One thing is certain; there are no guarantees and no perfect fixes in this world. We will work to see our ideas come to life, hoping against hope sometimes, that we can live with less impact and clothe our bodies more sustainably.

And, thank goodness for Nelson Mandela.

Footnote: - a huge thank you to the many who shopped online with One Colour and the other brands who work towards sustainability in fashion, during Fashion Revolution Week.

Do you speak crow?

One Colour2 Comments

I have to work hard to enjoy crows. They are clever, noisy, wily. I have never seen a dead crow on the side of the road, yet. Over the years I have heard their distinctive cry in the Snowy Mountains high country and when I lived in country NSW and now, in Brisbane. So they are adaptable, too.  Maybe this characteristic is their brilliance.

A while back I had a chance meeting with a lady while walking in the morning. We both discovered our interest in local birds and compared notes on what birds we had observed, when and where. In the course of our chat she mentioned that she talked to the crows who visited her verandah. The mental image of someone speaking to a crow in crow speak...the sound...the shape of the mouth...perhaps the head movement...it started me thinking about my own attitude to crows and why I looked at them with disdain...too noisy....the sound grates...they move in a strange half hop/lope.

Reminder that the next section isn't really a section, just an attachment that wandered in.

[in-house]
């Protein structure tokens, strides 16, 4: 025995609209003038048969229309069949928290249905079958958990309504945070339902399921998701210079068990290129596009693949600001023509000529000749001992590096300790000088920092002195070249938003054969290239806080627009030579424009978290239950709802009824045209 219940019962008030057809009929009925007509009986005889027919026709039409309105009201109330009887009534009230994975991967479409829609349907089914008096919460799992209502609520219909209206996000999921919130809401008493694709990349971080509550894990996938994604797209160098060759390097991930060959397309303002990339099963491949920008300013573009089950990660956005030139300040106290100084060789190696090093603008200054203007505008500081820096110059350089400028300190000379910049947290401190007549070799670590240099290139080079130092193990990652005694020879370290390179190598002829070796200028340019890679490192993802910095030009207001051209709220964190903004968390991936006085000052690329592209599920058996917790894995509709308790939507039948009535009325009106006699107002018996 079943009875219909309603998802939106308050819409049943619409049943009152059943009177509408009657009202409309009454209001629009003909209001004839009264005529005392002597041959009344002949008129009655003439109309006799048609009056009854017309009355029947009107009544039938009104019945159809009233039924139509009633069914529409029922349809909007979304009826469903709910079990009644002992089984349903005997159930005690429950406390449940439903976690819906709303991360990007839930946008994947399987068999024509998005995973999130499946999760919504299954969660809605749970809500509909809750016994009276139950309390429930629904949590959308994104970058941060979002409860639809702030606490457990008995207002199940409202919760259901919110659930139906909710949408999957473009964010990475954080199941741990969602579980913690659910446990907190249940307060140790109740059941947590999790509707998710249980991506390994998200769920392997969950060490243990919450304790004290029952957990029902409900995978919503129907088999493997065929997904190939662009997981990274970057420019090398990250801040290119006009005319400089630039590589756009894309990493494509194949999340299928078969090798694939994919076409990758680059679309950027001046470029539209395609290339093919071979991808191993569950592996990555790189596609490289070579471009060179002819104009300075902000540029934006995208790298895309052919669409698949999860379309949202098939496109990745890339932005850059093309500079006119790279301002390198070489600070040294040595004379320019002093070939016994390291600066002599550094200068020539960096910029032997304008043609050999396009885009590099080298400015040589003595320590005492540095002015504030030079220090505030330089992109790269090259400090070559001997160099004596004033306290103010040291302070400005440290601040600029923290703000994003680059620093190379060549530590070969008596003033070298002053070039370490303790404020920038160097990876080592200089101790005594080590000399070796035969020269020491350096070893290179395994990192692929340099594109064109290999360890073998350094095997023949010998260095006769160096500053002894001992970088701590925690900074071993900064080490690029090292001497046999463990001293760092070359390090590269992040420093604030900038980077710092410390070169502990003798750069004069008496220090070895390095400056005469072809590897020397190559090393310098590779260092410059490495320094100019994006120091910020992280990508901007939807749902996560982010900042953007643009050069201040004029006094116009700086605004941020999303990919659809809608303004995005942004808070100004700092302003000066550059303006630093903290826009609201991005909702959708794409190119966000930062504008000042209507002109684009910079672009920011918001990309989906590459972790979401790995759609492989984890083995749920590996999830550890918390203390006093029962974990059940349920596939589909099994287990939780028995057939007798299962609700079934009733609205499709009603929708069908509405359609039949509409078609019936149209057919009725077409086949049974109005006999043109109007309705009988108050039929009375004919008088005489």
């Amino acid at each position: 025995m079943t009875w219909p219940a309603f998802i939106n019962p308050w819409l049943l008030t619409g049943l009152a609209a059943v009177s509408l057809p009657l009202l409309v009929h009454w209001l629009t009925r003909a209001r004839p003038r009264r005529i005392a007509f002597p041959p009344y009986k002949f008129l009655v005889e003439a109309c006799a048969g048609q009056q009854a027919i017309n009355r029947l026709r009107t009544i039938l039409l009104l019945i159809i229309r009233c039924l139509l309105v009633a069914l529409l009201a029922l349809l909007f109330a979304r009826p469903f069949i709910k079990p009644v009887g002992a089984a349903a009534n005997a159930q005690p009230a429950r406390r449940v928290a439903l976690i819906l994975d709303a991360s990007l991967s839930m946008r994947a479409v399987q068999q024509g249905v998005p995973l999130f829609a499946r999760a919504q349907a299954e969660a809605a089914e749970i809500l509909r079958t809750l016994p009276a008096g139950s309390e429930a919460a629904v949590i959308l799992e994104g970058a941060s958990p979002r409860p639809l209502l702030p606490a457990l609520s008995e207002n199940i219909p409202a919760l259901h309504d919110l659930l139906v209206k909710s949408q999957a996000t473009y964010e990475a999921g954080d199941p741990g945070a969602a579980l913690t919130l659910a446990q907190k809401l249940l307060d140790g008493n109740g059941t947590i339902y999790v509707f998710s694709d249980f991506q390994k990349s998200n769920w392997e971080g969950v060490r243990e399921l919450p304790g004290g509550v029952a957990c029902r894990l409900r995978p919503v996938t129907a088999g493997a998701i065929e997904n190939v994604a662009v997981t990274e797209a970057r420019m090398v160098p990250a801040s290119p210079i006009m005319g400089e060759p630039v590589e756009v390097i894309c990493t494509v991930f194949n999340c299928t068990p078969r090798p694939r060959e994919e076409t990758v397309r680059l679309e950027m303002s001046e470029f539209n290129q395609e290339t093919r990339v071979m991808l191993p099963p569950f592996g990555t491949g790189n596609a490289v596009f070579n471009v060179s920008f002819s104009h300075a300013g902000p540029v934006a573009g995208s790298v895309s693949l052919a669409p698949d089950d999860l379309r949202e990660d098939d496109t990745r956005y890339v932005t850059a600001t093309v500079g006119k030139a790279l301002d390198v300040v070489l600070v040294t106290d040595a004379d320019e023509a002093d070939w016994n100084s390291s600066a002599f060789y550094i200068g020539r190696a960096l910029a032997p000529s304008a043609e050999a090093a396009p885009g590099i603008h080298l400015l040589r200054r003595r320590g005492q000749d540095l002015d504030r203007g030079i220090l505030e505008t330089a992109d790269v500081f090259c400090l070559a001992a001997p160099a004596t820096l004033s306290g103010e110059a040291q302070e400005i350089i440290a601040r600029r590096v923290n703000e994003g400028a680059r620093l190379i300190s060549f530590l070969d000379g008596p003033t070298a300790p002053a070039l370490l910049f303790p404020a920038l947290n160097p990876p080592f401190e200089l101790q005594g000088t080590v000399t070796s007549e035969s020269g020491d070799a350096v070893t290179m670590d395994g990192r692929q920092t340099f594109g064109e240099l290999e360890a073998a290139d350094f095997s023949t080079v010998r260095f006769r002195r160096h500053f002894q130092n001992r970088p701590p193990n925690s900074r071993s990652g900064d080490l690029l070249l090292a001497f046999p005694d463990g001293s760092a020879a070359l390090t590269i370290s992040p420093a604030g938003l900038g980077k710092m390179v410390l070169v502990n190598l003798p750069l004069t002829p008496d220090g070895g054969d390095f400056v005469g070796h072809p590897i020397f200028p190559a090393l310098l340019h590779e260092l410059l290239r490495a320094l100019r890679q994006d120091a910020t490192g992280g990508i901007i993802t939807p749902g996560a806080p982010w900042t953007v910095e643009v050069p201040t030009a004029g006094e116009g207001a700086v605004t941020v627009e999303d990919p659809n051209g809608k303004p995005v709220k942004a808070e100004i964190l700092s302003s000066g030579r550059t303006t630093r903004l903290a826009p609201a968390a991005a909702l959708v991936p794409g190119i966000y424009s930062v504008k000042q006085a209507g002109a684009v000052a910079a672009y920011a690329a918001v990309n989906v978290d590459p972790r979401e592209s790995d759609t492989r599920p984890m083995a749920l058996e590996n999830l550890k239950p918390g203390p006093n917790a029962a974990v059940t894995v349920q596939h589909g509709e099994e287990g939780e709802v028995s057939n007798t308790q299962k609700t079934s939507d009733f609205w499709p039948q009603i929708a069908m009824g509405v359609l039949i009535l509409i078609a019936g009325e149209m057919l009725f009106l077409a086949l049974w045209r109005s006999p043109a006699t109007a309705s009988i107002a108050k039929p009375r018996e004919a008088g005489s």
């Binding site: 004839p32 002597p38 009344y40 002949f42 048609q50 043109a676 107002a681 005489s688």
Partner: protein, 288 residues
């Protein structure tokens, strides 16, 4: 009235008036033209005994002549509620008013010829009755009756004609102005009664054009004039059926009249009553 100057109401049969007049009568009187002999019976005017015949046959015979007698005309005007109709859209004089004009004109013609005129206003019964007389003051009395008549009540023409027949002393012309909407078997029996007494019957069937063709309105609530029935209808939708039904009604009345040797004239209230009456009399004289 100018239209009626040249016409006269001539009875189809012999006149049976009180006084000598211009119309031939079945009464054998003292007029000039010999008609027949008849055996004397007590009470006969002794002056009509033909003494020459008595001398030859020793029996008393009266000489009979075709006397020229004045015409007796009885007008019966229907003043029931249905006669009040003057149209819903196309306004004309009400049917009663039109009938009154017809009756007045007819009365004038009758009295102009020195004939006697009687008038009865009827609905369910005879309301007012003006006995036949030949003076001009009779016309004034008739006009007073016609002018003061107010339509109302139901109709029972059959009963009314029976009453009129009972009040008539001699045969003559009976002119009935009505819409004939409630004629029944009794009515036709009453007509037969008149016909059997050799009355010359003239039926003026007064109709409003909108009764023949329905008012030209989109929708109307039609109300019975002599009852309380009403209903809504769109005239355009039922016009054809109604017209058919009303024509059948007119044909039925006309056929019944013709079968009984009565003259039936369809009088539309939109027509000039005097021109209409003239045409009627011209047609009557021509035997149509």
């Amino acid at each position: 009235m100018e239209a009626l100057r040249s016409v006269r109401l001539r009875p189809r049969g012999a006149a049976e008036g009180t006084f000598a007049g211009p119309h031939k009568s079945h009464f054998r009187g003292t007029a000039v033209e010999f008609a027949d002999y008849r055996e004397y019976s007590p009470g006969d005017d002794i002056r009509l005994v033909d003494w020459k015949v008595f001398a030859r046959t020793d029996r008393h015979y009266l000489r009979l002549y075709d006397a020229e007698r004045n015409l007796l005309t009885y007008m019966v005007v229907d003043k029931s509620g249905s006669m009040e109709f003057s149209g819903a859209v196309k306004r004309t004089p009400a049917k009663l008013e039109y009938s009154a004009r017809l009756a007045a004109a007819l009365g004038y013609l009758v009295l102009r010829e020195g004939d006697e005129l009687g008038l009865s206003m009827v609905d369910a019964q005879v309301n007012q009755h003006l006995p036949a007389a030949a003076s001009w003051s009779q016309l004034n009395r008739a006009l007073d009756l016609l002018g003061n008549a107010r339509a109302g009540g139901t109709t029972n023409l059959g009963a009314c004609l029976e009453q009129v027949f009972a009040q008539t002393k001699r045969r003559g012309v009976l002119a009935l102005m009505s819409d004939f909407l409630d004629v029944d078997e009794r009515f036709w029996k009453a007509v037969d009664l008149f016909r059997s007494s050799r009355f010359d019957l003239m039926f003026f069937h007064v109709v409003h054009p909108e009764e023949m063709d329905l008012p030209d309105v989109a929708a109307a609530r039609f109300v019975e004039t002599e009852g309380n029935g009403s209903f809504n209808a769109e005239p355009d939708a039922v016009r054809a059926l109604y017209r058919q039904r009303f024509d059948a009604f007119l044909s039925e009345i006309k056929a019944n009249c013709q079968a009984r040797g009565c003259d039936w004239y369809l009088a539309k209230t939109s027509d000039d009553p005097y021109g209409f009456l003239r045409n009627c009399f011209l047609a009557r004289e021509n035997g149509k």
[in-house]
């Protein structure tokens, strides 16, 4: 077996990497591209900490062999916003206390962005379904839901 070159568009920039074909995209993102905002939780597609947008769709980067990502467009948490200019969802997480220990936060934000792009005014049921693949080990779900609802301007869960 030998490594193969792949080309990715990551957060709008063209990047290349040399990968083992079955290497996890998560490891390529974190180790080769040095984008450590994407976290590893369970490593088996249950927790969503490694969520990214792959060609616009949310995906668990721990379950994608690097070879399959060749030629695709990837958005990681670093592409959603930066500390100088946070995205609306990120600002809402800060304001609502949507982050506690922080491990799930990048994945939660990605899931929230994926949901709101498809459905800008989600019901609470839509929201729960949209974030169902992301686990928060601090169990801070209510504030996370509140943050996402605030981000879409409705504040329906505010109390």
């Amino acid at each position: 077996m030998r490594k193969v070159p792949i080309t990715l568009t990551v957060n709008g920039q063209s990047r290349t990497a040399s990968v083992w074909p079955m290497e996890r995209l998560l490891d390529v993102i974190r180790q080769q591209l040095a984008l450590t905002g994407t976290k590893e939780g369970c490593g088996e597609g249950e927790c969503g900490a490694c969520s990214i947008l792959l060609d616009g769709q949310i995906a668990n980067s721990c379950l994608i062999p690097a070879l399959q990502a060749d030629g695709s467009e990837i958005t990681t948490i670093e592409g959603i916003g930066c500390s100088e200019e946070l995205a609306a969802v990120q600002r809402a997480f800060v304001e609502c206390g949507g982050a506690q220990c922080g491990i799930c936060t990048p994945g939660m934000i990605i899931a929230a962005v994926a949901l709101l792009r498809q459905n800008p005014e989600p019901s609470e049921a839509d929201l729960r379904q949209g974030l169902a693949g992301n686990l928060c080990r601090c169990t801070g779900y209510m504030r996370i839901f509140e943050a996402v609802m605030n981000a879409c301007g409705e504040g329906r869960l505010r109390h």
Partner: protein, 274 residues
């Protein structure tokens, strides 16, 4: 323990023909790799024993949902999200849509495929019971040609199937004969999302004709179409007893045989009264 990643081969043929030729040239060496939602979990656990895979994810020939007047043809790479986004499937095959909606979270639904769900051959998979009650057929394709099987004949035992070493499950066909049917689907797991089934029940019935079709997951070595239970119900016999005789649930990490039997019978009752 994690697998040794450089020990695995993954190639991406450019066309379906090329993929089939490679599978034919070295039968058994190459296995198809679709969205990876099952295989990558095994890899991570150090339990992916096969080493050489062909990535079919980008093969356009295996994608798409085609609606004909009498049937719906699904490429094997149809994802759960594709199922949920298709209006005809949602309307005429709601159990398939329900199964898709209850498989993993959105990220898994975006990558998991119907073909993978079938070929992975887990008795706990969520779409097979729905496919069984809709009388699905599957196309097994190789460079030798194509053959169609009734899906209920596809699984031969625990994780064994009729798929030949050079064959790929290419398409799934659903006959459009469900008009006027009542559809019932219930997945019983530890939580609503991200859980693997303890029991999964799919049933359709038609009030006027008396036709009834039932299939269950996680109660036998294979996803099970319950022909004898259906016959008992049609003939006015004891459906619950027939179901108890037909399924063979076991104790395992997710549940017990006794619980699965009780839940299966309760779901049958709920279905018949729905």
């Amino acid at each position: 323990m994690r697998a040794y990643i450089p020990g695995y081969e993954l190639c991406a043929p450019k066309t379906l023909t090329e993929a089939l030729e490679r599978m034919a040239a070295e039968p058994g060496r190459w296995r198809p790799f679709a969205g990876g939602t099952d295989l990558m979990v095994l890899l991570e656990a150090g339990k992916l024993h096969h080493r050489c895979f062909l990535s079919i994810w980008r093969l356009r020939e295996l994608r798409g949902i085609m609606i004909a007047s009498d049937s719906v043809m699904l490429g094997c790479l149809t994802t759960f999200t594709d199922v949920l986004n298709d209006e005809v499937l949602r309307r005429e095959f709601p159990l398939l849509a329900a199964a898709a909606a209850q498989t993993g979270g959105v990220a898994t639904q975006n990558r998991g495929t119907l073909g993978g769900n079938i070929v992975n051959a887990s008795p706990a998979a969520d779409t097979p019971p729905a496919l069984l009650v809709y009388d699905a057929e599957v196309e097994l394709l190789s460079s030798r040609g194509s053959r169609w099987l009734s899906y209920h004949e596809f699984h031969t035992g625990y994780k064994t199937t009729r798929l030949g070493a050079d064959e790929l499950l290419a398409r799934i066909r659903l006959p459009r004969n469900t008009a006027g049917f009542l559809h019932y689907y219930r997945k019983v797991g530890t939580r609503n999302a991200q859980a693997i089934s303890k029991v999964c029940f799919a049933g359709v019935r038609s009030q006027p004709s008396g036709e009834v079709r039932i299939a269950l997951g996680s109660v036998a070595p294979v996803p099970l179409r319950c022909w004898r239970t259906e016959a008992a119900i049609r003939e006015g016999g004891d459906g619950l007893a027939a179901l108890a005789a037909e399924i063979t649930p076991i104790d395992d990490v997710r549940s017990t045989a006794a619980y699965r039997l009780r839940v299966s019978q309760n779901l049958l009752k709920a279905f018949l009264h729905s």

The truth dawned on me - I had decided that crows weren't worth speaking to. Kookaburras, magpies, lorikeets, coucal (cuckoo family but raise their own young), I found I was happy to speak to just about any other bird, but not the crow. And again, the wheels turned in my mind, who did I, in my own wisdom/view of the world, speak to and who didn't I speak to.

Crows aren't people but what this lady's comment did for me was to open me up to wondering - who is worth speaking to? Maybe I don't like how they say something, or what they sound like when they say it, rather than what they say? Does the sound get in the way of the content so I don't even bother to listen to, let alone speak to, the other.

I am still thinking on this.

Found this link on the Brisbane City Council Site, if you are interested to read further.

Image from google images